My first week as Programme Manager for the Enabling Collaborative leadership Pioneer Programme
draws to a close so I thought I’d share some thoughts in the spirit of inquiry!
My initial thought –that’s a long title job title that leaves people confused even before I get to the end of it.
Need to think of something shorter! Suggestions very welcome
For those not familiar with the Pioneer programme, it’s about testing out and learning about new ways we can collaborate more effectively in public services.
It’s been an exciting week with periods of high energy, making connections and generally feeling very welcomed by my hosts at NES Education and fellow Workforce Scotland colleagues.
As I am also part of the new Ingage team at Scottish Government, with its aspiration of transforming public services by working collaboratively with Scotland’s communities of place and interest, this raises questions that I’m looking forward to getting to grips with about the nature of teams, belonging and connectedness.
Traditionally I have belonged to one team in one department and organisation and yet I think many of us have a sense that there is a new model of teams based on non-traditional networks emerging, which relies more on issues, themes, and strong connections to others, where there is a common sense of purpose and shared values.
It raises interesting questions about where we feel most valued and what circumstances allow us to contribute and learn?
But, if we are transient, do we miss a sense of belonging to a particular space?
Having come from a role and position that was very action orientated, with a focus on programme design and delivery, as well as managing creative networks, and an education festival, I like a sense of being busy, and I like a sense of achievement of tasks.
So I am aware that I’m holding a space where there are tensions around traditional programme delivery and learning, and something that is ‘pioneer’ – testing out of new models of learning though action inquiry. It would be more comfortable for me to devise a programme and deliver it to leaders, facilitators, practitioners from across public services, but that isn’t pioneering – these already exist.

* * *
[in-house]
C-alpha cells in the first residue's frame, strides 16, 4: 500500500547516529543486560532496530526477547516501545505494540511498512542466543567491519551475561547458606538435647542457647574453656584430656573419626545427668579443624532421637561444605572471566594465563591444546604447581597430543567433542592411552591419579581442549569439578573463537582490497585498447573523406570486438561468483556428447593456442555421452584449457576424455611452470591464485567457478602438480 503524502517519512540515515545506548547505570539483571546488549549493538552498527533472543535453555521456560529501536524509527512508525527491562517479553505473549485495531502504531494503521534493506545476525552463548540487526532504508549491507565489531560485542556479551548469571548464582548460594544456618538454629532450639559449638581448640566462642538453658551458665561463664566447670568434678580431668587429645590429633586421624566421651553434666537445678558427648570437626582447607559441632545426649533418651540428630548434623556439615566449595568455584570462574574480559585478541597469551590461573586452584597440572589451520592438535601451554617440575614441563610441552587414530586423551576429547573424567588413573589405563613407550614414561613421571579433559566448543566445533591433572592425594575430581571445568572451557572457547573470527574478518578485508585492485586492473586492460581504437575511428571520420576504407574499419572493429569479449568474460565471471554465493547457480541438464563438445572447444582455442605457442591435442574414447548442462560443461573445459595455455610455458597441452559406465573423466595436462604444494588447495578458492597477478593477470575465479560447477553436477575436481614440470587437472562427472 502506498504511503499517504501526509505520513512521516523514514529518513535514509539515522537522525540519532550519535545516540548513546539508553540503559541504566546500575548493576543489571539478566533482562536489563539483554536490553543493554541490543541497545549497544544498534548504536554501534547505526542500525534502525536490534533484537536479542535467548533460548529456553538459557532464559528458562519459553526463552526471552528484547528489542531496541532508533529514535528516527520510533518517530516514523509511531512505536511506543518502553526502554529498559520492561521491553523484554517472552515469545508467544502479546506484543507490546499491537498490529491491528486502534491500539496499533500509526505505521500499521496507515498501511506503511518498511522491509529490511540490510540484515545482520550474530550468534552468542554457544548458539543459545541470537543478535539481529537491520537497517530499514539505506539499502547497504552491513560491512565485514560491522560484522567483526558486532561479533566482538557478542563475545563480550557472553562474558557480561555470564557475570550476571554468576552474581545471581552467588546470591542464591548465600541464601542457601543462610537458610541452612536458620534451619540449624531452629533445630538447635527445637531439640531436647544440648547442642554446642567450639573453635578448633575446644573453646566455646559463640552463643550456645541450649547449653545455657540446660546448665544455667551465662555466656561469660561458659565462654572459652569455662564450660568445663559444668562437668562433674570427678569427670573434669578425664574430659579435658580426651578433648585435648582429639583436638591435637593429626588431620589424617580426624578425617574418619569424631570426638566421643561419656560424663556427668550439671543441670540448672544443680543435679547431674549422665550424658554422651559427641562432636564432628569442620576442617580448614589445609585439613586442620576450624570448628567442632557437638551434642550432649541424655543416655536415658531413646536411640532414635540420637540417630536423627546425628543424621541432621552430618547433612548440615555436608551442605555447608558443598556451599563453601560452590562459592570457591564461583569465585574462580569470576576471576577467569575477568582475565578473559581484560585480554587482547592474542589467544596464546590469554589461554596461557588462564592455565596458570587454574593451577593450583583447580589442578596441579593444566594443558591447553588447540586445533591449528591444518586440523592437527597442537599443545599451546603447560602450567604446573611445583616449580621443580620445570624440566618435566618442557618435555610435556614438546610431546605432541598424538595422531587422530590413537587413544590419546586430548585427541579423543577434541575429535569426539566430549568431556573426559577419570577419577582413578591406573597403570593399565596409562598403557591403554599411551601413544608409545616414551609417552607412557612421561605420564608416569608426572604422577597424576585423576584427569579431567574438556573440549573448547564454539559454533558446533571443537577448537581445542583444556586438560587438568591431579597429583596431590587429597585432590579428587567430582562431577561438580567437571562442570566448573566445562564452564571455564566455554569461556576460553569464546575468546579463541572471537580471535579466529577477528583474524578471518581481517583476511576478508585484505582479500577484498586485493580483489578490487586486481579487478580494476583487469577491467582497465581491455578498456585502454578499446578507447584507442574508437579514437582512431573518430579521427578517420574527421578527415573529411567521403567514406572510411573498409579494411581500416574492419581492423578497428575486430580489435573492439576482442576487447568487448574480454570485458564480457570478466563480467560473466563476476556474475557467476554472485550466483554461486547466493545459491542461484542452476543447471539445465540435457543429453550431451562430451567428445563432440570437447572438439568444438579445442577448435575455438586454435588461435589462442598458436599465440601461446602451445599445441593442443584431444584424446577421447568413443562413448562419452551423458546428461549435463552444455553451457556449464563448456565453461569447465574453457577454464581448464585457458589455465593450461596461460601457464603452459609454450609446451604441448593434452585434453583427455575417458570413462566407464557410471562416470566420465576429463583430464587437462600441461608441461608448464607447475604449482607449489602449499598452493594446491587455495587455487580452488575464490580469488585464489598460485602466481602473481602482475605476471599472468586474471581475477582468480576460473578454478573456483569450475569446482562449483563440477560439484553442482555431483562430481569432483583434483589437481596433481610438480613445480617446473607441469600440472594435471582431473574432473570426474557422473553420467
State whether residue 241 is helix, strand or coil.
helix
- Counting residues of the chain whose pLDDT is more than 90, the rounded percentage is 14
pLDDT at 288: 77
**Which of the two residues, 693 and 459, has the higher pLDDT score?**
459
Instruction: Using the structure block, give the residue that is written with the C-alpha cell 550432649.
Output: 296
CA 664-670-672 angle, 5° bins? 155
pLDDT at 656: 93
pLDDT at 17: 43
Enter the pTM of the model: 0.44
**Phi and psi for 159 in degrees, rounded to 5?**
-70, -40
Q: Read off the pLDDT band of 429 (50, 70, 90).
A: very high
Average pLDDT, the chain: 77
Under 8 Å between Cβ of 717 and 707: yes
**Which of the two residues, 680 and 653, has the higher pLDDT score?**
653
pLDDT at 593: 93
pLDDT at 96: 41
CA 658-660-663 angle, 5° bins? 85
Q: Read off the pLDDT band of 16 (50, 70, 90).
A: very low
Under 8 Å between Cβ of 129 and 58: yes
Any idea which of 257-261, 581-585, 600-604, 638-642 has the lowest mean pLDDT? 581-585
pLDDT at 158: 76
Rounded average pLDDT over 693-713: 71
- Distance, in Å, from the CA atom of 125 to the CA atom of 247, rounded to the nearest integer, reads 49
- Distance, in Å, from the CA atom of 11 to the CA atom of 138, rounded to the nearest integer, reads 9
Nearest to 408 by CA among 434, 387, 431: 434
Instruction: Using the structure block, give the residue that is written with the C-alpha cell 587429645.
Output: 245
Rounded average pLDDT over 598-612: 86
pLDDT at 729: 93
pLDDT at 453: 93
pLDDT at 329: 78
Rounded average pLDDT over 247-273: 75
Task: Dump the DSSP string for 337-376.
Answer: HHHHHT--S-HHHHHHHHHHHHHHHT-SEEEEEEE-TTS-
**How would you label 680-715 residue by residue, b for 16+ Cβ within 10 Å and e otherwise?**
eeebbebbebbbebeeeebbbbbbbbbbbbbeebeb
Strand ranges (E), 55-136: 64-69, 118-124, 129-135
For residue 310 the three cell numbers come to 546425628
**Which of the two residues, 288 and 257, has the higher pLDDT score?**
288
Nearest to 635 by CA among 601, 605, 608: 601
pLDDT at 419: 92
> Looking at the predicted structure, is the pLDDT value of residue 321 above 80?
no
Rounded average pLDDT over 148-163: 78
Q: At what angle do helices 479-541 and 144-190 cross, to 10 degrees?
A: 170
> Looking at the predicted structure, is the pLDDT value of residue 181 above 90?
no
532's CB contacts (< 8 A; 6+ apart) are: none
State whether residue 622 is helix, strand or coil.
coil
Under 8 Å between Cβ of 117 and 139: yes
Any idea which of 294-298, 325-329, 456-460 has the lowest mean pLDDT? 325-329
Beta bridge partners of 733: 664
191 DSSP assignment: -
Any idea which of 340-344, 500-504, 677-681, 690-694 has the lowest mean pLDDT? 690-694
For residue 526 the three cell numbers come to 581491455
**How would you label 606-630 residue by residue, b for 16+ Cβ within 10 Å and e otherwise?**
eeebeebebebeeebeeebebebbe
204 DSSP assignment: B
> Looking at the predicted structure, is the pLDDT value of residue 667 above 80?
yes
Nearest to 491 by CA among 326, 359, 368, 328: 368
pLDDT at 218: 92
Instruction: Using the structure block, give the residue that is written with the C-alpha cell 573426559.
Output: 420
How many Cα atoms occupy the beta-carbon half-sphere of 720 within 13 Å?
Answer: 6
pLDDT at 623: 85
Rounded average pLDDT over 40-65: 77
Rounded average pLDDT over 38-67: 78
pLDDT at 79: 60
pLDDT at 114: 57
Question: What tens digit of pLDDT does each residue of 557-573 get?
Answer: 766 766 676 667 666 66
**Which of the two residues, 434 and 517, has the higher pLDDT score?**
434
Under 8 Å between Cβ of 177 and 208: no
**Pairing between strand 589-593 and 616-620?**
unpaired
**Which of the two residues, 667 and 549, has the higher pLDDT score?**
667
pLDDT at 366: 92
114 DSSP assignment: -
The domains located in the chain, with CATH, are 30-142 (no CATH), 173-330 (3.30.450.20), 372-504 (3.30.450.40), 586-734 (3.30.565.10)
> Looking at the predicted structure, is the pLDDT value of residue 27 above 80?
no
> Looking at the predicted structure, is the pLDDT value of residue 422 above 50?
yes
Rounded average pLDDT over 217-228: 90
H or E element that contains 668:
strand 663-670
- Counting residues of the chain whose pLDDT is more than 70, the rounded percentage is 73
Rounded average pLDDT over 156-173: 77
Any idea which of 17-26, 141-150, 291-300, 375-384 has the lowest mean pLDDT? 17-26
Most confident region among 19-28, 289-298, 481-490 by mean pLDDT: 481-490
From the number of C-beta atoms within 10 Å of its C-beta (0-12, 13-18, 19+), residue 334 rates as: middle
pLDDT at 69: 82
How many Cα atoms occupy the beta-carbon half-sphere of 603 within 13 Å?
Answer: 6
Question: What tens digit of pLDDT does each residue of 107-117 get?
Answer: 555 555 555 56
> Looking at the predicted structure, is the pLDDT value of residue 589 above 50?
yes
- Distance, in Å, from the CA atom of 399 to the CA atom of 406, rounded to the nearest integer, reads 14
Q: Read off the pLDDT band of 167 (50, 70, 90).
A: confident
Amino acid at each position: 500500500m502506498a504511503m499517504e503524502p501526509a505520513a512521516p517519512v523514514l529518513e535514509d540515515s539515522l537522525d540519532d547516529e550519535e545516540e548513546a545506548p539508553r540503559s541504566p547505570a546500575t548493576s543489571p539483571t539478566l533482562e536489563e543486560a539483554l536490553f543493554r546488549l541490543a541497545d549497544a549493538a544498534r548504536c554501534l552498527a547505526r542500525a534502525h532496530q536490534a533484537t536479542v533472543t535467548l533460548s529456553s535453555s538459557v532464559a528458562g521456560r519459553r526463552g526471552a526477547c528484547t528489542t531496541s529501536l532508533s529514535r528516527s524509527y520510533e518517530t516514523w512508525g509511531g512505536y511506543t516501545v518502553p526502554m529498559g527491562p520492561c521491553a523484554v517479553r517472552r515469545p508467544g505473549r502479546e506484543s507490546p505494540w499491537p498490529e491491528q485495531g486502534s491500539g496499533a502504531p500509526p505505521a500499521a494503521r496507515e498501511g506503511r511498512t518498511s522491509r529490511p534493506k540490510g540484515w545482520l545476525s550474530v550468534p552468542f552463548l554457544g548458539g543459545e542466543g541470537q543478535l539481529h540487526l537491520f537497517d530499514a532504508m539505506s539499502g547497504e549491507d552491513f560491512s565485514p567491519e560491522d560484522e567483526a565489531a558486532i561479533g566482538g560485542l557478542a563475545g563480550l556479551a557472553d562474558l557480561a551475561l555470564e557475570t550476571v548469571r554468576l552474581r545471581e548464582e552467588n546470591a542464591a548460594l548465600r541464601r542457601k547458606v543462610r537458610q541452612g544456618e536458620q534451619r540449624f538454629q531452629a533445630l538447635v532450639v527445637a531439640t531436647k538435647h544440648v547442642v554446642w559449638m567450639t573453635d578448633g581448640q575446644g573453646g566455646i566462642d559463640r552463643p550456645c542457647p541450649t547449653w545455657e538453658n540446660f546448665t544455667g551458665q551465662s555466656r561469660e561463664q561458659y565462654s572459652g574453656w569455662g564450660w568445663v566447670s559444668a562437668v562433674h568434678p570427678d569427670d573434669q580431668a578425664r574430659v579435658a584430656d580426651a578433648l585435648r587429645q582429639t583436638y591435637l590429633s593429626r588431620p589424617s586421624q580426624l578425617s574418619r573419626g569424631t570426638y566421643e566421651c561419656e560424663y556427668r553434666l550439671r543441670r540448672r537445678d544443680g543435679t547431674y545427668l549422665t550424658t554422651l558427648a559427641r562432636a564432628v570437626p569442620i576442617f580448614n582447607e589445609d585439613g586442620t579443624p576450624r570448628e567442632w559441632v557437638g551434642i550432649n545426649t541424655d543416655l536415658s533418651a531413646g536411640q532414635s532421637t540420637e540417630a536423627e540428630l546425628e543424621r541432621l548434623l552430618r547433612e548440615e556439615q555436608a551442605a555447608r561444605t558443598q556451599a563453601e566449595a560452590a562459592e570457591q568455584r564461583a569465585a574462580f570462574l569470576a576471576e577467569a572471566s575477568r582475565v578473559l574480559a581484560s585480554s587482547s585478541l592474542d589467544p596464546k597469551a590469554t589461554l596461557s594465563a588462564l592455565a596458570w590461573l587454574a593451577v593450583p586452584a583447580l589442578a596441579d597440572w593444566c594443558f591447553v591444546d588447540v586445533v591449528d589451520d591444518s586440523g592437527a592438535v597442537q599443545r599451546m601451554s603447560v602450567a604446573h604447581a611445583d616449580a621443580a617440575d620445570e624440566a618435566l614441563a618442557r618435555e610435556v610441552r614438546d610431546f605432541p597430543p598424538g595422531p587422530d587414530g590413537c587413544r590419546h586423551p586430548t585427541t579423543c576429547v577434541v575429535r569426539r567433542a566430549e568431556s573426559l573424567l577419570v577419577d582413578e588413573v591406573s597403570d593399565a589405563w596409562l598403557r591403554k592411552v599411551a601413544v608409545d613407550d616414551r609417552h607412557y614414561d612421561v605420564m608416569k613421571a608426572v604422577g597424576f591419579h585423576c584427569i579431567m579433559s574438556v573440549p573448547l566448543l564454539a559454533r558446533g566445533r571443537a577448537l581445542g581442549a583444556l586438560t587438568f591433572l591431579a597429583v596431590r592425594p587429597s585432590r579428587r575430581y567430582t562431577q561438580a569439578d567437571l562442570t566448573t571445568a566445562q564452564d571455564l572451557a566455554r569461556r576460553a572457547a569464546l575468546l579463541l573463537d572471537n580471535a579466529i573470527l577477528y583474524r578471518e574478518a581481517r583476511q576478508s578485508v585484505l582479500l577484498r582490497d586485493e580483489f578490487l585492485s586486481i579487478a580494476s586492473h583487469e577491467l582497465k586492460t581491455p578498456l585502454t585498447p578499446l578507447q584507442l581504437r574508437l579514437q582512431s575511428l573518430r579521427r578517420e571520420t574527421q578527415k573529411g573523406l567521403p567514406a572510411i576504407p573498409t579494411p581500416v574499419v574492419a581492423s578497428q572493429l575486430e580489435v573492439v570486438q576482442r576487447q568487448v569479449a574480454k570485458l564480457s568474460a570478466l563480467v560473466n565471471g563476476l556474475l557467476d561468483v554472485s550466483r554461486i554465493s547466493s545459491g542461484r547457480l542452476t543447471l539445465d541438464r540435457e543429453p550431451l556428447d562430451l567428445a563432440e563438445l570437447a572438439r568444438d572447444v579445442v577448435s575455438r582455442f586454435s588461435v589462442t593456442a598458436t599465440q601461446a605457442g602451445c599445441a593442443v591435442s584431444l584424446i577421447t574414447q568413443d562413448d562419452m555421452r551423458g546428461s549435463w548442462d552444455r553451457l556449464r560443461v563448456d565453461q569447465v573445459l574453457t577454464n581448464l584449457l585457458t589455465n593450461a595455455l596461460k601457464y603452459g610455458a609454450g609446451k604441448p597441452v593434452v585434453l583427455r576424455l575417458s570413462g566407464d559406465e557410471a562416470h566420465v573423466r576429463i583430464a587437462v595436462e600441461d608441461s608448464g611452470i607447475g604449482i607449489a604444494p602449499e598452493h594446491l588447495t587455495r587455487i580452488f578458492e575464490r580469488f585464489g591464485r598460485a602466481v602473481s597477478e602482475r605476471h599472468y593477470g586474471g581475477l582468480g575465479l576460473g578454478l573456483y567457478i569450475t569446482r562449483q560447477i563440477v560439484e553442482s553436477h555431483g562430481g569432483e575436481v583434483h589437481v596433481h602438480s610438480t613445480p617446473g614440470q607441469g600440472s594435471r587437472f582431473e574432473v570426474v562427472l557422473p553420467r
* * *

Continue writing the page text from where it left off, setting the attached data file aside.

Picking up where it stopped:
Part of being a pioneer is to have courage, not to do things the familiar and comfortable way, but to stay in space of uncertainty and disruption, stay present with what is there, explore the unfamiliar and try to name the habits of mind, the patterns and conditions that keep our thinking and practice from changing.
Of course, this isn’t innovation for innovation’s sake , but stems from the reform agenda started with Christie, and given a boost by current momentum around co-design, co-production and democratic renewal. It’s clear that what exists doesn’t work for many, but in creating the solutions we need to think differently, listen deeply and create something new collaboratively.
Emporium of Dangerous Ideas
In saying that, I also bring the excitement, energy and unorthodoxy of the Emporium of Dangerous Ideas, a future orientated education festival that goes beyond traditional boundaries and invites participants to be agents of change. See my animated intro to this here.
I’m currently reflecting on how the energy and diverse evident in the collaboration with the creative arts community in the creation of the Emporium can influence how we can reimagine public services and how we engage all in co-creation and design.
Throughout the week I have more aware of the crucial role of narrative, storytelling and visual and graphic methods will be in both gaining different perspectives; but also how they can help simplify the complex.
I’m curious about how these creative approaches influence the development of collaborative leadership and how this pioneering work aligns with the work around theory U and U-labs (for more information please click here )as well as my own studies and practice in mindfulness. What’s also been helpful in getting to grips with theory U is reading Otto Scharmer’s Leading from the Emerging from the Future in preparation for my colleague Nick Wilding’s book group, and reflecting on when I have experienced moments of disruption, and what I noticed about my own process of prescencing or abscencing. But of course, I finish my week with a long To Do list including a Pioneer Newsletter, several meetings to be arranged, updating of information about Pioneer (things I can tick off), and huge gratitude that our new administrator Sharyn has also started this week. If you are interested in the Pioneer Programme or want to share your experiences of collaboration in public services, please contact me: Karen@workforcescotland.com